Play-based Learning: everything old is new again.

As I type this I’m thinking back over the last couple of days of training. After training different groups of educators, I always feel I have learned more than the participants in the workshops.  I sort of liken this to being an educator in a play-based learning environment.  You can plan and prepare all you want, but it’s what happens when your “in amongst it” that counts.  When the learning goes in a new direction, as an educator we have choices…keep on plan, because it’s planned or go with the learning which means thinking on your feet!

Which option do you take?

I always go with the learner (being child or adult) because everyone’s needs are different and I think my role is to help a learner think and support them through their journey.

I have also been reflecting on some of the great discussions I’ve had with different people over the last 2 days.  I was talking with people who had been in education as long as or longer than I have.  We were remembering a time when everything was play-based and how as Early Childhood Teachers and Educators we fort hard for people to understand that children do not need “set activities” to learn all they need to set them up for future learning…it’s all there in the play and how children interact with their environment, you just have to look.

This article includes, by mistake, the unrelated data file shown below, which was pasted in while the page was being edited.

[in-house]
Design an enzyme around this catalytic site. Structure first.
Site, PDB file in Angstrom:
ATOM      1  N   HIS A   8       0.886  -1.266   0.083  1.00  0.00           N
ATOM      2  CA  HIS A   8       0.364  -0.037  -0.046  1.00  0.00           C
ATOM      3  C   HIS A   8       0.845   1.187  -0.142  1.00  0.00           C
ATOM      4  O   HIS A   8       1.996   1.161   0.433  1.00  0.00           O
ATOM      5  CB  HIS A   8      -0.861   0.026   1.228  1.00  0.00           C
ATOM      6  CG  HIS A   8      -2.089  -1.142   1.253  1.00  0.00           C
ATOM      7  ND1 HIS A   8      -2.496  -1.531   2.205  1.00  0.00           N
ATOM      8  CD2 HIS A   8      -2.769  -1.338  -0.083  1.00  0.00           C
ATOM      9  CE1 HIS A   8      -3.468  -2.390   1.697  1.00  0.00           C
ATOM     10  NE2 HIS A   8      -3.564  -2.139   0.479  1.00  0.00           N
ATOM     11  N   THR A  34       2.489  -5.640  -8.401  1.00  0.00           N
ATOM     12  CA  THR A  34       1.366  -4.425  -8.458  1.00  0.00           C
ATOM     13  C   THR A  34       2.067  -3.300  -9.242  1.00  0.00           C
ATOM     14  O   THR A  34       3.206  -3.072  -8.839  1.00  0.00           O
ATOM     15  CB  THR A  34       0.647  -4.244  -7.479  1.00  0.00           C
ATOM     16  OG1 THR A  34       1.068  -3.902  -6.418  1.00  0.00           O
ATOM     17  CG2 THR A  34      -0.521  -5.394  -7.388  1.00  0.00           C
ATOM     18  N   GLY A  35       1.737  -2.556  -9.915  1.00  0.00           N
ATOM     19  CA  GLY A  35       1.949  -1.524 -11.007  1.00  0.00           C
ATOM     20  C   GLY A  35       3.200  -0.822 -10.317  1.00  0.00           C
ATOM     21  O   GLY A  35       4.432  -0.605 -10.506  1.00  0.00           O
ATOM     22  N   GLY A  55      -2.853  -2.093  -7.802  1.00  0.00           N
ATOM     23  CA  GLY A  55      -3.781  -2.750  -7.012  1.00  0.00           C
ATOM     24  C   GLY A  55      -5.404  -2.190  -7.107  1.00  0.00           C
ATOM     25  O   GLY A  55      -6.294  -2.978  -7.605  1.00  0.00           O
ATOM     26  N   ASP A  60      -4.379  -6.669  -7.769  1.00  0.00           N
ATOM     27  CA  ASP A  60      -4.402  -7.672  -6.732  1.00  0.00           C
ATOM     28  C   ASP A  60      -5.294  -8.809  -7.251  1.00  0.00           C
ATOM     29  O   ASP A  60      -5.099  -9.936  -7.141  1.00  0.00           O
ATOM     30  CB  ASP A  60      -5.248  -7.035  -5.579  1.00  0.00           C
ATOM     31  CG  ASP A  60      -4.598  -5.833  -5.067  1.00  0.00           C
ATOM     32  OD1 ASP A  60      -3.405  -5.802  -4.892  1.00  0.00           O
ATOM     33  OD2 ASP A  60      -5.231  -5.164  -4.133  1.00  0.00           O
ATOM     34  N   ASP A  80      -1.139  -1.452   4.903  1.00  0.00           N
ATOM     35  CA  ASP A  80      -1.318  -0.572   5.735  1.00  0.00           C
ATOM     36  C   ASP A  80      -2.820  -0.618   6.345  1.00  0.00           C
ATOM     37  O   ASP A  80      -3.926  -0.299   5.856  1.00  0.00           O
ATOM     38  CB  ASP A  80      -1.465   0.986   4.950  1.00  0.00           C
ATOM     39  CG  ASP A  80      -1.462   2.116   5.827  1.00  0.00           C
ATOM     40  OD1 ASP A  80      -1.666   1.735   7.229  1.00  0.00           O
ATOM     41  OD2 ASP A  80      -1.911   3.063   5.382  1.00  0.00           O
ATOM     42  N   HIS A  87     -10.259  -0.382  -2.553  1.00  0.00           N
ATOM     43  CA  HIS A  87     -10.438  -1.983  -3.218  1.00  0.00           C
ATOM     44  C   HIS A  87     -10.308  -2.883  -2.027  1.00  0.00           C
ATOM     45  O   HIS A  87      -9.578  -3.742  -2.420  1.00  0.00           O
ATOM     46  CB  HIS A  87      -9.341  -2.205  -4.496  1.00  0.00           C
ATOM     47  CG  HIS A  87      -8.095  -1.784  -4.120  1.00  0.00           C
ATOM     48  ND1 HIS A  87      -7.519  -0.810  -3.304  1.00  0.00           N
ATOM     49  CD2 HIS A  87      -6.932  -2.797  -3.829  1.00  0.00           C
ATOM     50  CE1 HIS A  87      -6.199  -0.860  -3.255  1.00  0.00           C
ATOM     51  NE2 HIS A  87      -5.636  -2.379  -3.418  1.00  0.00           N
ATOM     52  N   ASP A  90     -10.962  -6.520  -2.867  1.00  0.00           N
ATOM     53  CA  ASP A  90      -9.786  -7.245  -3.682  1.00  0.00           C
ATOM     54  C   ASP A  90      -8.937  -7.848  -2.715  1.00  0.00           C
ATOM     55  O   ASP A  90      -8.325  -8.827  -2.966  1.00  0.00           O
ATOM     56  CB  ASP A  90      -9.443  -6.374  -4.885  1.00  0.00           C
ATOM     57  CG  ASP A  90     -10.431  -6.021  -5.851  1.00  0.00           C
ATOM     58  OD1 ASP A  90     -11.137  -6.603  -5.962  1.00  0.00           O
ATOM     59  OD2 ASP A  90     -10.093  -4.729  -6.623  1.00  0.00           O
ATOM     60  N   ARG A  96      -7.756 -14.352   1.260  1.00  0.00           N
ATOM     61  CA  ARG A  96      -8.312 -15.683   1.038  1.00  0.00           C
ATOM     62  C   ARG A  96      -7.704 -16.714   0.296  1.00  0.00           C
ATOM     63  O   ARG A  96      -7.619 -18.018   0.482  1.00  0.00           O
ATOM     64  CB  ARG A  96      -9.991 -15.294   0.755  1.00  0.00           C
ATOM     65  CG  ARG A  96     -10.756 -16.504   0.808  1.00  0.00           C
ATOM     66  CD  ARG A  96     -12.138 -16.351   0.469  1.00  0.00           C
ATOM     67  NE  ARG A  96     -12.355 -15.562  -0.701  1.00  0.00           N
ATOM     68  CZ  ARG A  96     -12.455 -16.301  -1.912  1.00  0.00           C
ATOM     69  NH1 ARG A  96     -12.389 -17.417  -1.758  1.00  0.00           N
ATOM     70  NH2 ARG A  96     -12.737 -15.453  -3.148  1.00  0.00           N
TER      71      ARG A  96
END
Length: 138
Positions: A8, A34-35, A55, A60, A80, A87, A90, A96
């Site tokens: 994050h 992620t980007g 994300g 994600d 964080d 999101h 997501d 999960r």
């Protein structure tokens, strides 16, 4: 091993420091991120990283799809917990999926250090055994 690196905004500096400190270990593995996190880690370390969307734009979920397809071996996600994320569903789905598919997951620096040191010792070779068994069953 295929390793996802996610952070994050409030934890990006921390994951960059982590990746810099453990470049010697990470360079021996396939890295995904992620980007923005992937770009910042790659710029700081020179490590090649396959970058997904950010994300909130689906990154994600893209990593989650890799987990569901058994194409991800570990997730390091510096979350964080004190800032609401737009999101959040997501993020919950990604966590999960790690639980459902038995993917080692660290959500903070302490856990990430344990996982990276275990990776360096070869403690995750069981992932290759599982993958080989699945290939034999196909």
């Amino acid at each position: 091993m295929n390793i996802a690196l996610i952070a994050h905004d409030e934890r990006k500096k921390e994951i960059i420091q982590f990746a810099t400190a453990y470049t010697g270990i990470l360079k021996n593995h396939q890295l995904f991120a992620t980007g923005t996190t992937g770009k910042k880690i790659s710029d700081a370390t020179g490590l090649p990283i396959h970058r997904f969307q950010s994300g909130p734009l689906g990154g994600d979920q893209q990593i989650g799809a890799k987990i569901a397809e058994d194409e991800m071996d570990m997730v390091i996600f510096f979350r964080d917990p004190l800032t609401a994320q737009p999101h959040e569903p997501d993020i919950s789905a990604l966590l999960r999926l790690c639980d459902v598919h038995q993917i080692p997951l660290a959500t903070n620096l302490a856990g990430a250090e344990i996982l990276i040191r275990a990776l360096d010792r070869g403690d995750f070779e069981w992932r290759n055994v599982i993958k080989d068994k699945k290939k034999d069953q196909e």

We also were talking about how play-based learning got lost somewhere along the way, early childhood became a time that children prepared for school and that was it.  Set activities with items produced so parents could see what was being done and what they were paying for happened.

I know that parents and communities can understand play-based learning, educators and children can re-learn the joy of learning that play-based and free-flow learning offers.  It just takes a little effort to show people what is IN the play and what educators can see and extend. And we now have all the government backing required as all the new docs support it.  Everything old is new again.

Yes, we must work with our communities and parents wishes, however we must also do what is educationally best for children.  It is sometimes is a hard line to balance, but I will always choose educationally sound practice…

Play.  Children were born to learn this way.  It just sometimes takes a little explaining how important it is.

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